Meat over a charcoal grill built just wide enough for skewers

Dawood says they looked at each item on the menu and asked, “What’s the favorite style, which one has the highest rating for hummus,” and so on down the line. “Other restaurants in the area serve a similar style, we want to go to what’s known to people the most.” One example of how seriously they take the classic foods of the region is visible in the express/cafe area as you enter the restaurant. Knafeh is a traditional dessert, a sweet cheese baked with a crust of pastry dough or shredded wheat on top. Typically in Bridgeview you see it in a big sheet pan, cut and warmed to order and served with a sweet syrup ladled over it.

Knafeh on a special knafeh grill, which bakes the crust and warms the cheese

Not here. Each serving is prepared individually in a little tin pan filled with the dough and refrigerated. (The dough is made in-house by another machine in the back.) A cook takes it out of a cooler as ordered, sprinkles the cheese on top and sets it on a special knafeh cooker made in Turkey.

The cooked knafeh is sprinkled with ground pistachios

After a few minutes, it’s flipped onto a plate and served with the syrup and ground pistachios—the freshest knafeh in Chicago.

All this machinery hints at something else about the way Oozi Corner is run like a corporate business and not a mom and pop restaurant—namely, that it’s built on systems, not on any one chef, even as the CEO himself comes from a pastry chef background. Dawood is well aware of the typical fate of the small middle eastern restaurant—that it’s good as long as the good chef stays, and when he gets lured away, it goes downhill. “With our twenty years of experience in the industry, we were fully aware of that,” he says. “Prior to opening, we established our recipes, established the flavor, established the system. And basically, if you bring in anybody who has a little background of cooking, they can be a chef here. This is a non-chef operation.”

Then it’s flipped onto a plate, ladled with a sweet syrup and sprinkled with more pistachios

 

 

Meze sampler with stuffed grape leaves, muhammara, baba ghanoush and hummus

IT’S 22 MILES FROM MY HOUSE TO Oozi Corner, so assuming something similar for most people in the Chicago area, I understand if you’re questioning whether it’s really worth that kind of drive for a cuisine widely available around town. Fortunately in that case, you will soon have another choice. Dawood tells me about many different things they have in the works—for instance, they’ll soon do a bit of table showbiz I had in central Turkey, a stew cooked inside a clay pot which is broken open at the table to pour out the finished dish.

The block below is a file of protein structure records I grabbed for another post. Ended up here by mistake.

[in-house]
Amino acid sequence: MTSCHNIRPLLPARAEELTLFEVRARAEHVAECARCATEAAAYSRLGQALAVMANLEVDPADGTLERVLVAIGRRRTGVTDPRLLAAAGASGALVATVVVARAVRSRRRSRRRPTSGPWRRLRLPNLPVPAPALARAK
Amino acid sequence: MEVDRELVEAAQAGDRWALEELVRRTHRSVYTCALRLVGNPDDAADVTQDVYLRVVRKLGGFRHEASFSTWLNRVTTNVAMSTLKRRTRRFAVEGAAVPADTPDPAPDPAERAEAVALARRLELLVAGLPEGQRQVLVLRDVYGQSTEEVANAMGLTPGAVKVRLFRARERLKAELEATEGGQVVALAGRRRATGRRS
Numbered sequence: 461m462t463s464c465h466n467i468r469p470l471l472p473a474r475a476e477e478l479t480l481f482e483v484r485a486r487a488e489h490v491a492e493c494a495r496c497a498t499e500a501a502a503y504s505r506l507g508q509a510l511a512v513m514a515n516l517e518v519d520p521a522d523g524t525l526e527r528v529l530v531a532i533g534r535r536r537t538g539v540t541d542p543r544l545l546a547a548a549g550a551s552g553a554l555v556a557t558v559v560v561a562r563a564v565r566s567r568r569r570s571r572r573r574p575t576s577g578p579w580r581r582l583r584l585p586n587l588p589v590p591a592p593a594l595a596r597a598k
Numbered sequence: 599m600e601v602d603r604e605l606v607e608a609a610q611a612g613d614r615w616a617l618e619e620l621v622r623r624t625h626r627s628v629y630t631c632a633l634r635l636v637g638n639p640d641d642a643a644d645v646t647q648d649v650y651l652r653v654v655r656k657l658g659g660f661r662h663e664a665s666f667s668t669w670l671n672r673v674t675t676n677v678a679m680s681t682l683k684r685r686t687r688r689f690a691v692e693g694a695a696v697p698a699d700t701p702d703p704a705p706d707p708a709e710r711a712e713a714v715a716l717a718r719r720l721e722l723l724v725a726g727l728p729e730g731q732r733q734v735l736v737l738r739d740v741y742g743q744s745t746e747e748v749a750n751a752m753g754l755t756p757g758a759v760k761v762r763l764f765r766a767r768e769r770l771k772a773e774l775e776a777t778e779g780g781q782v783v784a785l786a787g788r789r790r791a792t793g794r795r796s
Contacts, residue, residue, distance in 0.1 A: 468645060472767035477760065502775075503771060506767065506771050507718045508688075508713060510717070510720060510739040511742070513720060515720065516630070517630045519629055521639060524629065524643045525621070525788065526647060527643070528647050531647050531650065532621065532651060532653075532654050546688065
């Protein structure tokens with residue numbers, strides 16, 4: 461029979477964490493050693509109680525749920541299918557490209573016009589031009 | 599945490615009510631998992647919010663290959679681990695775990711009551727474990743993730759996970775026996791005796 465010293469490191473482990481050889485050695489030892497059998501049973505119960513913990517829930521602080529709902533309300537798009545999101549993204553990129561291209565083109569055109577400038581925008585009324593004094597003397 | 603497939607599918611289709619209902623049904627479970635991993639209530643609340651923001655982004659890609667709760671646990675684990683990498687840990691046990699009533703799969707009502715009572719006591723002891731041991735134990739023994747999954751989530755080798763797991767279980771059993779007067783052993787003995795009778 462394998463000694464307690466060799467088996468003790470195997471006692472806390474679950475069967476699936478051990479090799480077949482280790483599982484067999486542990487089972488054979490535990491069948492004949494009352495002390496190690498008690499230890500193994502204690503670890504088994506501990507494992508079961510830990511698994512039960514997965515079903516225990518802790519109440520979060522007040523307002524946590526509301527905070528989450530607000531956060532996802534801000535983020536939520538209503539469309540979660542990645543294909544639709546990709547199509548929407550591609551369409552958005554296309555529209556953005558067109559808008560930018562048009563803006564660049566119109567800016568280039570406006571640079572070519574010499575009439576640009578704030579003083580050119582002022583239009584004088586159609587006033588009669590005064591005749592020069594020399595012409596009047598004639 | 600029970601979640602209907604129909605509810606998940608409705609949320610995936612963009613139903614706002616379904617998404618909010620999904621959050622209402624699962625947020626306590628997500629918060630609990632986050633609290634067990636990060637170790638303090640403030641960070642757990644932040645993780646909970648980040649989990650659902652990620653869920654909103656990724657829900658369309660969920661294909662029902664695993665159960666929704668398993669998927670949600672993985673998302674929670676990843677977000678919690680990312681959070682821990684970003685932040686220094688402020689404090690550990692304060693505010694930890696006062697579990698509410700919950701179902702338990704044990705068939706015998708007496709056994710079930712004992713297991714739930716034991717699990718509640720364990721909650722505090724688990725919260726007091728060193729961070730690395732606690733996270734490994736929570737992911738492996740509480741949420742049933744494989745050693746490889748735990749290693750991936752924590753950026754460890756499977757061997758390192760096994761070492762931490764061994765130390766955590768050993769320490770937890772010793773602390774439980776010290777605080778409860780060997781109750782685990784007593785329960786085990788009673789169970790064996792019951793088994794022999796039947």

But the main thing they have in the works is their second location—somewhere downtown. The goal is to bring workers in the downtown area middle eastern food on a level they’ve not had it before. Part of that is a menu that skews more to the fast casual dining needs of people on lunch break. But it also means an area of grocery items—in Bridgeview there’s a small section of quality items in jars and boxes for sale, but downtown, he says, will have a full array of middle eastern products chosen for high quality. “It’s a lovely idea that brings color to the place. People walk in, see things that they’d like to have, after they try the spices here. I think this area will work even better downtown, because we’re going to be even heavier on the grocery section. We’re going to be selling a lot of Mediterranean and even American spices and products,” Dawood says.

Another thing in the works for downtown suggests that they took a page from Eataly, where the first area you walk into offers gelato and other sweets. The downtown location will offer Turkish ice cream, served up in a window facing pedestrians. Okay, what’s the big deal about that, you ask? If you’ve been to Istanbul, you’ve probably seen vendors on the street, offering the Turkish ice cream known as dondurma, made with mastic gum (a derivative of the orchid plant) which makes for a uniquely sticky and stretchy ice cream. (He’s actually the second one in Bridgeview to mention bringing dondurma to Chicago to me—the owner of the Al-Amal Bakery & Grocery on 87th is also working on an ice cream shop in the strip mall he’s in.) It’s a great show that will probably be what first lures many into the restaurant and market when it opens.

“You’re going to see a lot of things you haven’t seen before,” he says.

HP

Beyond downtown Chicago, Dawood says they hope to prove and refine the concept to where it could open in big cities across America, and beyond. “Our vision is to be known worldwide,” he says. “We want to reach everybody—we don’t believe in just serving one ethnicity. Our policy is to be very diverse, in customers and hiring.”

Which raises a question—if that’s the case, why start with a tough crowd like the Arab-Americans in Bridgeview, who have plenty of other choices and an experienced, critical eye for the cuisine? (It’s not like downtown Chicago has been an especially demanding audience for sort-of-middle-eastern fare.)

“We started down here because this area has been known to serve this type of cuisine,” he says. “So we wanted to branch out from here. To show the people who are overseas and know the real taste, that we are the real deal.”

 

 


Michael Gebert is the Head Fez of Fooditor.

A Fooditor hat tip to Rob Gardner, who ate there first.